New Nicki Minaj album disappoints



Lori Vetrano

Similar to how Beyonce has her alter-ego, Sasha Fierce, and Mariah Carey has Mimi, Nicki Minaj has Roman Zolanski, a hoarse, harsh version of herself that gives a distinguishing edge to various tracks on her new album, “Pink Friday…Roman Reloaded.” Minaj uses her Roman persona to spit her first three tracks, which give them that unique, rough flavor that aided in her rise to female hip-hop power in the first place over a year ago.

“Roman Holiday” is an odd, gritty track that showcases Minaj’s knack for effortlessly switching voices and accents. If impending doom had a sound, it would be the eerie background noise of the second track on the album, “Come on a Cone”-a don’t-mess-with-me type of single with a strange, buzzy feel.

“I Am Your Leader” is typical Nicki Minaj: strange, otherworldly, yet somehow still urban, especially with added vocals by Cam’ron and Rick Ross. She switches back and forth between herself and Roman for the middle tracks, mostly sticking with Minaj for “Beez in the Trap” and “HOV Lane,” which follow the same tough, feminine hip-hop vibe as the first few tracks on the album.

Next, however, she slows it down for what is probably the album’s only serious, heartfelt track: “Champion,” which features Nas, Drake and Young Jeezy.

“Right by my Side” is a smooth pop song featuring Chris Brown with yet another typical message of being unable to live without a man in her life.

“Starships” then begins the series of cutesy bubble-gum tracks on the rest of the album, which are all probably Minaj’s desperate attempts to penetrate the popular party scene and try to turn out No. 1 hits.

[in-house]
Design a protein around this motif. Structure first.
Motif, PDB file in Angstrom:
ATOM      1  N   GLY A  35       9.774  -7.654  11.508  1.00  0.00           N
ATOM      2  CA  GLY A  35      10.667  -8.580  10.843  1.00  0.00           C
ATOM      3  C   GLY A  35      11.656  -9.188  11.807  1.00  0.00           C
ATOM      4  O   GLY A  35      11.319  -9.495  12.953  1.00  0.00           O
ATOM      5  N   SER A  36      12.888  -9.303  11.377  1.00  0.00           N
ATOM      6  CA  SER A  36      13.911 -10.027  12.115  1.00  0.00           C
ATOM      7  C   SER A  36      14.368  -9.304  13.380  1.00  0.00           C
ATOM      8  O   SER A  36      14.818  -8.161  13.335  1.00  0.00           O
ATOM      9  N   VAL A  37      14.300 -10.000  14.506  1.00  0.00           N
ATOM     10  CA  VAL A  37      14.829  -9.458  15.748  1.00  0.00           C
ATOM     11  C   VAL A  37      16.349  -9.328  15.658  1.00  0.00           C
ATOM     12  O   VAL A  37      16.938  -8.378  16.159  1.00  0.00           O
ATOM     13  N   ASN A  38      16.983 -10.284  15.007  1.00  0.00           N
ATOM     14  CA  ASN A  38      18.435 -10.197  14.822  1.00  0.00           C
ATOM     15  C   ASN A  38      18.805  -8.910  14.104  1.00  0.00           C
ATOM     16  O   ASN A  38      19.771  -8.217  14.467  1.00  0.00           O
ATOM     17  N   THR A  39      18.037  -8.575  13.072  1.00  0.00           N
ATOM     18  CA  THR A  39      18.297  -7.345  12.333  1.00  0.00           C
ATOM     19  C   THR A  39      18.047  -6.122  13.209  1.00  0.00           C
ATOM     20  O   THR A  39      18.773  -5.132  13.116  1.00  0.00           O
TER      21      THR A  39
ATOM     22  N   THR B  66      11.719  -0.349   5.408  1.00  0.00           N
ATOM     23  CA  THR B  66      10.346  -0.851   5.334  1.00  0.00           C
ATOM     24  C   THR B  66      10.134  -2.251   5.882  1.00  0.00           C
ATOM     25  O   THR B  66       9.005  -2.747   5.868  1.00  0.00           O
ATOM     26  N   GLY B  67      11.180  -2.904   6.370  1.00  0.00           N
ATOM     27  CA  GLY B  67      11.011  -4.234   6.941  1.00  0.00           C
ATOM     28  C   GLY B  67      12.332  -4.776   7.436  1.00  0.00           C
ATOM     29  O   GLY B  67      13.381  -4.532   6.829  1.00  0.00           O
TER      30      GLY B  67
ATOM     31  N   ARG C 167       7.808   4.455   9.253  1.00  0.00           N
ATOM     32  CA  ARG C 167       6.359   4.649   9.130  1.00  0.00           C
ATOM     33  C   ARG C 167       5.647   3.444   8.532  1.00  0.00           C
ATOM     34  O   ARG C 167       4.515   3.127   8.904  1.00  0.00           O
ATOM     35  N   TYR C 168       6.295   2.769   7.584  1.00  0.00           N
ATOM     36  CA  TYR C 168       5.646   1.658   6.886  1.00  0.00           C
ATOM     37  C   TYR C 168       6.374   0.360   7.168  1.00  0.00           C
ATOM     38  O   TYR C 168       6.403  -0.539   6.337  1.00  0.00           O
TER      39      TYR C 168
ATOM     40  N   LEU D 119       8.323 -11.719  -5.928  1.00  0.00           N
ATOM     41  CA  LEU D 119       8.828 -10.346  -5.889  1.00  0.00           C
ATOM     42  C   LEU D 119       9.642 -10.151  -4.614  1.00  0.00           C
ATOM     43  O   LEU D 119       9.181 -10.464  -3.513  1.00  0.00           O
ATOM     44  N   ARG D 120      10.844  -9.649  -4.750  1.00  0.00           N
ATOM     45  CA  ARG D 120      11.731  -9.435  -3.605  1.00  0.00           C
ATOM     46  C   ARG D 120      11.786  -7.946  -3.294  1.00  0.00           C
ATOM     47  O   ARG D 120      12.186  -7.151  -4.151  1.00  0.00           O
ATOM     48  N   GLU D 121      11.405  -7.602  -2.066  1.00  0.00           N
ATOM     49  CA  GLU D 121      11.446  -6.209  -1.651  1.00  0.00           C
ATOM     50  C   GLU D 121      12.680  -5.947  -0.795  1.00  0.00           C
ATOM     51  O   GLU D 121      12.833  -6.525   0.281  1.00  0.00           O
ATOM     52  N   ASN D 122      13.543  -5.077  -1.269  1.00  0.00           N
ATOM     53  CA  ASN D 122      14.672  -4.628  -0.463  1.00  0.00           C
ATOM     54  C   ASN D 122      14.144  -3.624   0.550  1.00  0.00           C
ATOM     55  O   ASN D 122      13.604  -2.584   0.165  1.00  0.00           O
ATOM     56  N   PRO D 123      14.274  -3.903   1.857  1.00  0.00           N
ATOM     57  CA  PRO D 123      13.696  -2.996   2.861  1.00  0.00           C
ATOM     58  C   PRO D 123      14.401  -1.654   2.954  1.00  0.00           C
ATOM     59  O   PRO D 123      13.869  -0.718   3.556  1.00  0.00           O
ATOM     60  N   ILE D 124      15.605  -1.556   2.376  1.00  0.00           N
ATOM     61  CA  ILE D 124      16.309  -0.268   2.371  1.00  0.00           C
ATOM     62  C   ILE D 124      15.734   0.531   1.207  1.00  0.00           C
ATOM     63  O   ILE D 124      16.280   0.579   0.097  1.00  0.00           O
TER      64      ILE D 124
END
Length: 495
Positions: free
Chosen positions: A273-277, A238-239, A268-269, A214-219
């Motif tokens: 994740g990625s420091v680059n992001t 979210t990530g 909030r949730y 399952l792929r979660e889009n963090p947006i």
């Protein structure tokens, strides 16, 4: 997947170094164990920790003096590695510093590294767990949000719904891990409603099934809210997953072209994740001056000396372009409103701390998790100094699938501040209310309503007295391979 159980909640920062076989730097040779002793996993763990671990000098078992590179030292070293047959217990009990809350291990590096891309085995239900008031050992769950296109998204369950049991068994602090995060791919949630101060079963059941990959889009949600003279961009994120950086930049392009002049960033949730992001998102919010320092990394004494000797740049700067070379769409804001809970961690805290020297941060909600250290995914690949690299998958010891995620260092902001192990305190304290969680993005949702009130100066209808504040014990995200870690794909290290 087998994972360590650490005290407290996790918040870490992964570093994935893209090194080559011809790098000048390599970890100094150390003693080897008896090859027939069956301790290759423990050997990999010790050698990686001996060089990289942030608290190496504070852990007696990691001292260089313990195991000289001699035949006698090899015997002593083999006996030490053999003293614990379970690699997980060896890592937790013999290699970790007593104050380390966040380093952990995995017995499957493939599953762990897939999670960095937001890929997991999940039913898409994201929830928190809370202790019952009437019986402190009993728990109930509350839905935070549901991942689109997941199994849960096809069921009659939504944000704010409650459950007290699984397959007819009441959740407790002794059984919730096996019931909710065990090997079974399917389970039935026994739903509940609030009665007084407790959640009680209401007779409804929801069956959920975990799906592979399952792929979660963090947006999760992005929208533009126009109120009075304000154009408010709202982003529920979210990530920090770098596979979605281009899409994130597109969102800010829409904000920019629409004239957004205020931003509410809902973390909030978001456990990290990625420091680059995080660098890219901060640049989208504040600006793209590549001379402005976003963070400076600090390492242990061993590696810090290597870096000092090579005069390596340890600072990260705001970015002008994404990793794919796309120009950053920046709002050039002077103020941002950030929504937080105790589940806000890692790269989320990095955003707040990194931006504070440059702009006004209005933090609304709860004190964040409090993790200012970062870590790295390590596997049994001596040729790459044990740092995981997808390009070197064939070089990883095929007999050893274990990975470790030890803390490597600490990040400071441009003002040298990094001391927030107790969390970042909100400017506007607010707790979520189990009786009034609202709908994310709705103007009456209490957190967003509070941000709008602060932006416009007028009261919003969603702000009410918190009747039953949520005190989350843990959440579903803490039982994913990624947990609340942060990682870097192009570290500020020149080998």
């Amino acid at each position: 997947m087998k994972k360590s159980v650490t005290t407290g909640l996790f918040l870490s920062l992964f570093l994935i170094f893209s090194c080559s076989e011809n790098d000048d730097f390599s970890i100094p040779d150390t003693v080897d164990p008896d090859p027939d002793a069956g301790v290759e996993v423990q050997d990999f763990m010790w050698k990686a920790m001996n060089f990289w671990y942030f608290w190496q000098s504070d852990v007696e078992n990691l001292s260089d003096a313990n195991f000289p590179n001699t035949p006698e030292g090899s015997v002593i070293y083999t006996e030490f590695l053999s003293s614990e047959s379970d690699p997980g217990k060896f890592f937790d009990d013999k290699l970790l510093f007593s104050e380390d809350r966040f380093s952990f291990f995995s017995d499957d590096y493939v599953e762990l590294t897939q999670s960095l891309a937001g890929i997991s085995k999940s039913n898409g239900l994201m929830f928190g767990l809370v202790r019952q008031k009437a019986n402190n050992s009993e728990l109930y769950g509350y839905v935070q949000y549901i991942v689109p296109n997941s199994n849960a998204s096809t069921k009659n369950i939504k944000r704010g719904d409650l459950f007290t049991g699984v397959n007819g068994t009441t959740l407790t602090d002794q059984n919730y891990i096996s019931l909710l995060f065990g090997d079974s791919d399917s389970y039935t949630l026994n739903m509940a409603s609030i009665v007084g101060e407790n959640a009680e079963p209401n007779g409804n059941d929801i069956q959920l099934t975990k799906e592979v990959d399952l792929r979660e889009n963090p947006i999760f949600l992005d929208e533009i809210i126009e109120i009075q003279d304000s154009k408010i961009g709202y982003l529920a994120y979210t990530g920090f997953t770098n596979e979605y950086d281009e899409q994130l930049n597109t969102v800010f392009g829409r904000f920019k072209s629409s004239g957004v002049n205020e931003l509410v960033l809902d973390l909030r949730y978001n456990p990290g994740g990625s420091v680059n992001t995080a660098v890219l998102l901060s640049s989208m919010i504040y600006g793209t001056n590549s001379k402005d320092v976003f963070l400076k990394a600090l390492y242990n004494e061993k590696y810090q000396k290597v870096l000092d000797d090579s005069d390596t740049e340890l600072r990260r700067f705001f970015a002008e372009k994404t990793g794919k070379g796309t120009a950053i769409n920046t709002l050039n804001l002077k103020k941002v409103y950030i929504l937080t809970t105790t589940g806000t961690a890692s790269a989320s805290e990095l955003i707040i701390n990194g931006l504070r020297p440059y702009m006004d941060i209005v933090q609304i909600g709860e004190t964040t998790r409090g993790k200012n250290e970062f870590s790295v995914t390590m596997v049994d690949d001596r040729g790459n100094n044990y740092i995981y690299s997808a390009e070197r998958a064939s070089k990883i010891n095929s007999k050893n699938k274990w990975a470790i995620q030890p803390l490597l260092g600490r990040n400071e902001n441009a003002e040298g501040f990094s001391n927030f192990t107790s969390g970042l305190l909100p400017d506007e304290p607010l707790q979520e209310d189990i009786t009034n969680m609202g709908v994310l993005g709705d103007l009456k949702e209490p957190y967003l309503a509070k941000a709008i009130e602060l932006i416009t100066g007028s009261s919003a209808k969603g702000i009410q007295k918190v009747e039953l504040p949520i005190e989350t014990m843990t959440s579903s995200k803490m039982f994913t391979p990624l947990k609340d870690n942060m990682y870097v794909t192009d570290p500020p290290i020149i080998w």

Unfortunately, she may succeed-they’re as catchy and addicting as candy. “Pound the Alarm” and “Automatic” are perfect, pump-up club songs. “Whip It” and “Beauiful Sinner” are songs that embody the bad-girl-next-door concept: undoubtedly sweet but with unexpectedly fierce sides.

The final track of the ablum, “Marilyn Monroe,” is unlike any of Minaj’s other songs due to its wistfulness. Its lyrics are adapted from the Hollywood icon’s most famous quotes, but Minaj bluntly reflects, “Is this how Marilyn Monroe felt?”  Unfortunately, “Pink Friday…Roman Reloaded” has received criticism and disappointing reviews. Although some of her more club-friendly tunes may become Top 40 hits, the album as a whole is not a good showcase for hip-hop’s supposed new queen. Minaj may have reloaded, but compared to the success of her first album, she fell short of hitting the target.